What is Precision Time Protocol?

"The Precision Time Protocol (PTP) is a protocol used to synchronize clocks throughout a computer network." - Wikipedia

A Celona private mobile network uses LTE-TDD, the important part here being 'TDD' which stands for 'Time Division Duplex', meaning available upload and download bandwidth is allocated by time slot.

And, a PTP Grandmaster is a network-connected device that uses multiple GPS signals to create an accurate timing lock.

Why is it Required?

Indoor networks with multiple Celona access points (AP) are designed to take advantage of overlapping coverage.

If the APs are not accurately time synchronized they could transmit at the wrong time, interfering with signals from other APs in the coverage area, resulting in problems for handover and throughput.

How is PTP deployed in a Celona private mobile network?

PTP Grandmaster

Celona has tested and verified the Trimble Thunderbolt PTP Grandmaster Clock. The PTP Grandmaster device is deployed in a suitable physical location that allows connection to your network, and the placement of an outdoor antenna to receive GPS signals.

The Trimble Thunderbolt must be installed and synchronized prior to integration with your Celona network. If you have already completed this step you can move on to Configuring Celona for PTP.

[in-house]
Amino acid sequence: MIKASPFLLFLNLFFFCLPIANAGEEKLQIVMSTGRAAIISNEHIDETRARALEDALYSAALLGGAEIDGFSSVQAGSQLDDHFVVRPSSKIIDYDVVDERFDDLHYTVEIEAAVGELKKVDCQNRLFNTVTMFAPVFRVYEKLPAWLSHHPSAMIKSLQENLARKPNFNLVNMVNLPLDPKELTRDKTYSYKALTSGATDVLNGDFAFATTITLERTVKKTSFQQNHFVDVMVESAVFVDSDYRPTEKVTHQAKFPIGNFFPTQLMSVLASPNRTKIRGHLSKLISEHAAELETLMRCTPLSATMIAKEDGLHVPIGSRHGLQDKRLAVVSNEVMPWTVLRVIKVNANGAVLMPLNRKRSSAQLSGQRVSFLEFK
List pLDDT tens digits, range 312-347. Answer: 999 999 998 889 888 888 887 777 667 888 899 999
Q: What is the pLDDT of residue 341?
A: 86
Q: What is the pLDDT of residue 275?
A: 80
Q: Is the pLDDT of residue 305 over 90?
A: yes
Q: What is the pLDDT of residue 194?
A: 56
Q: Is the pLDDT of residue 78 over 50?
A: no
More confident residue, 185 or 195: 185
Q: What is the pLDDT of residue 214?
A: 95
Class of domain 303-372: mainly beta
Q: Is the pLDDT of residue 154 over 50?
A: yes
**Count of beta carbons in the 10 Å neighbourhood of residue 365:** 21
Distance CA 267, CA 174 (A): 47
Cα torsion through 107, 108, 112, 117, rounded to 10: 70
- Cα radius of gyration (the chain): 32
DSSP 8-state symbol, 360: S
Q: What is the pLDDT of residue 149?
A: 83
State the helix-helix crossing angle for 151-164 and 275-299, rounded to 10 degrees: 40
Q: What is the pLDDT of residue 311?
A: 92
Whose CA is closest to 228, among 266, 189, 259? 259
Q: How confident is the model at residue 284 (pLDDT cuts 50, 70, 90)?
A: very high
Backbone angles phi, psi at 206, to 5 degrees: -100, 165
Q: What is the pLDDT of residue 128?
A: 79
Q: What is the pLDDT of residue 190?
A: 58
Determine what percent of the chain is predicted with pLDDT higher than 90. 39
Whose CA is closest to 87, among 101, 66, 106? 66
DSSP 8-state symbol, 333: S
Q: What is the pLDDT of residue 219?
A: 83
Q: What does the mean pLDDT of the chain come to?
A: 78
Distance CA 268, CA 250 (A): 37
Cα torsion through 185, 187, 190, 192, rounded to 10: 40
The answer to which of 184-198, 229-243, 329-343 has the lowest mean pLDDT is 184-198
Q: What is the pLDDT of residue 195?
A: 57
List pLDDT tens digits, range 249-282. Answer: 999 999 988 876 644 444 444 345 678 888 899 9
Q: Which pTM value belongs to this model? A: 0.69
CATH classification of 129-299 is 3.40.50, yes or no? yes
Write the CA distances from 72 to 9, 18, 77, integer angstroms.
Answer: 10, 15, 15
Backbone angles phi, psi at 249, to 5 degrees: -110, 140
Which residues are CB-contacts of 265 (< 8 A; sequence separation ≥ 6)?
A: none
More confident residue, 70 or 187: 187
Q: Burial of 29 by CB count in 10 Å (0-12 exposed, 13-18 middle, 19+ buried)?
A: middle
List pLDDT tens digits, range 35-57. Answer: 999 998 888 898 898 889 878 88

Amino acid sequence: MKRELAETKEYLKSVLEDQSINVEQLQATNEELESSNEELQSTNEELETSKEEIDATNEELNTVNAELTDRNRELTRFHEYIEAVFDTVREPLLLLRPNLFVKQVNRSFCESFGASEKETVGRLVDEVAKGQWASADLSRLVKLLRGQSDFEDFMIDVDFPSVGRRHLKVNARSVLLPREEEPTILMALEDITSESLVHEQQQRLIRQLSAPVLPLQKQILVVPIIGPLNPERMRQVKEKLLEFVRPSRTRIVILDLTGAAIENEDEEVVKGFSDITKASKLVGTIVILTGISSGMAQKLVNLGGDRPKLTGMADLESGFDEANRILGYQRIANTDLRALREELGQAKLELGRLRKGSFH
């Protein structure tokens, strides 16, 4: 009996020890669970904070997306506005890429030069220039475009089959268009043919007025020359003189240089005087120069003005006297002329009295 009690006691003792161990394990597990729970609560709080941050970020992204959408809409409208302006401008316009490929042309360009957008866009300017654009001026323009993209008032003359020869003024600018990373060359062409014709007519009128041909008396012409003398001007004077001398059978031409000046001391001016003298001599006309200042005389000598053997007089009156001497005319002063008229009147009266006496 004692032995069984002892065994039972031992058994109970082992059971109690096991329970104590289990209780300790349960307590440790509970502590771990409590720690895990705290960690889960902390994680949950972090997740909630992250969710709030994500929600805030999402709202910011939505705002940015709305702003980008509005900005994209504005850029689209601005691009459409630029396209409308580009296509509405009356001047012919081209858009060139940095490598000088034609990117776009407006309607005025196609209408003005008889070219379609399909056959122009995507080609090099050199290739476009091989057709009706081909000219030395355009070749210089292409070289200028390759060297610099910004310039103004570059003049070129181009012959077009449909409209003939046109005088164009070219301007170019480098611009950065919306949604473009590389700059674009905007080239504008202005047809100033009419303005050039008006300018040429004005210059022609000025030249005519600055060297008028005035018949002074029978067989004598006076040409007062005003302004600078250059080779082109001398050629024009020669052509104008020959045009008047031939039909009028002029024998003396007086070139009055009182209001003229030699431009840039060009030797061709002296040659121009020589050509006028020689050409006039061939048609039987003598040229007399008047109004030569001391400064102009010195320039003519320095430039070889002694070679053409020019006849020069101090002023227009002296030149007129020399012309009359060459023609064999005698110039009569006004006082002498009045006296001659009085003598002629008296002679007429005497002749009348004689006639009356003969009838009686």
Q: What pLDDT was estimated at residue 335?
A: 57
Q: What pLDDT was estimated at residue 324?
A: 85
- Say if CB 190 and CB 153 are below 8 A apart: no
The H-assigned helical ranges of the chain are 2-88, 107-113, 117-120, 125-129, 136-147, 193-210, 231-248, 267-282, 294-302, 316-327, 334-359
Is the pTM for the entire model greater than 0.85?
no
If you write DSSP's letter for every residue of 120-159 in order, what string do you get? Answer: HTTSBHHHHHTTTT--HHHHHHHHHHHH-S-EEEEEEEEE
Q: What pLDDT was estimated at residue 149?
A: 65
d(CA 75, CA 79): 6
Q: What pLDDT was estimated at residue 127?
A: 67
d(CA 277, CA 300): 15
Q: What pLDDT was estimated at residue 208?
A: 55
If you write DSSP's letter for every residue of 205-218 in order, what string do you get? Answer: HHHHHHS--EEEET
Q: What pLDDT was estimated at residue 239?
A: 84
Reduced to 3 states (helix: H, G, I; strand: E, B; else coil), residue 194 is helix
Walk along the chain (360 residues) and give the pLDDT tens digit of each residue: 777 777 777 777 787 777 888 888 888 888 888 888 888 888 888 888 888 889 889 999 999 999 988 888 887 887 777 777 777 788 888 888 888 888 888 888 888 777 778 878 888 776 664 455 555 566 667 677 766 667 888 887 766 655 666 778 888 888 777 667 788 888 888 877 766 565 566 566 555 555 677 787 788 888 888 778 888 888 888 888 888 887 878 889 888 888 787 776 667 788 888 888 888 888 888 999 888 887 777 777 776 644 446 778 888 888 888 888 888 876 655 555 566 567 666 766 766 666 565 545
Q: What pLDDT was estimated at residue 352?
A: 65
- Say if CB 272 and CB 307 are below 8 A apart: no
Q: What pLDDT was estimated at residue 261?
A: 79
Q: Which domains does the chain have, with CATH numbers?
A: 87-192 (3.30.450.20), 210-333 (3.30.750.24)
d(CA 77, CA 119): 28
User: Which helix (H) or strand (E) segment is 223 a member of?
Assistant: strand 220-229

Configuring the Trimble Thunderbolt GM200

Before starting the configuration of the GM200, connect the GPS antenna, which must have a clear, uninterrupted, view of the open sky.

By default, the GM200 will ship with the Management port (Eth2) set to IPv4 address

  • Set a static IP on your laptop (e.g. connect to port Eth2 on the GM200.

  • Open a web browser session to, Login is trimblesuper, password is Tbolt_<serial number>.

  • Configure Port IP addresses. Note that the Management Port and the PTP Port need to be on different subnets, else the GM200 will trigger an alarm.

  • Click the gear icon (top-right menu) to enter edit mode.

  • Select the preferred IP mode, Static or DHCP.

  • Enter static IP info if required.

  • Click the wrench icon to save these settings.

  • Update your laptop IP address settings and reconnect to the GM200 web interface.

With the management interface settings complete you can move on to set Ethernet Port 1, which is the port used for PTP network traffic. Once configured and saved, connect Ethernet Port 1 to your LAN.

Next, select Synchronization Management from the left-hand menu.

  • Click the gear icon to enable editing.

  • Select Ethernet Port 1

  • Set the following;

    • PTP Port Status: Enabled

    • PTP Profile: G8275.2

    • Sync Mode: One-Step

    • Transport Protocol: IPV4

    • IP Mode: Unicast

    • Delay Mechanism: E2E

    • Domain Number: 44

    • Clock Class: blank

    • Announce Interval: 0

    • Announce Timeout: 3

    • Sync Interval -7

    • Delay Request Interval: -7

    • Priority 1: 128

    • Priority 2: 128

    • P2P Delay Request Interval: 0

    • DiffServ Code Point 0

  • Click the download icon (top-right menu) to save the config.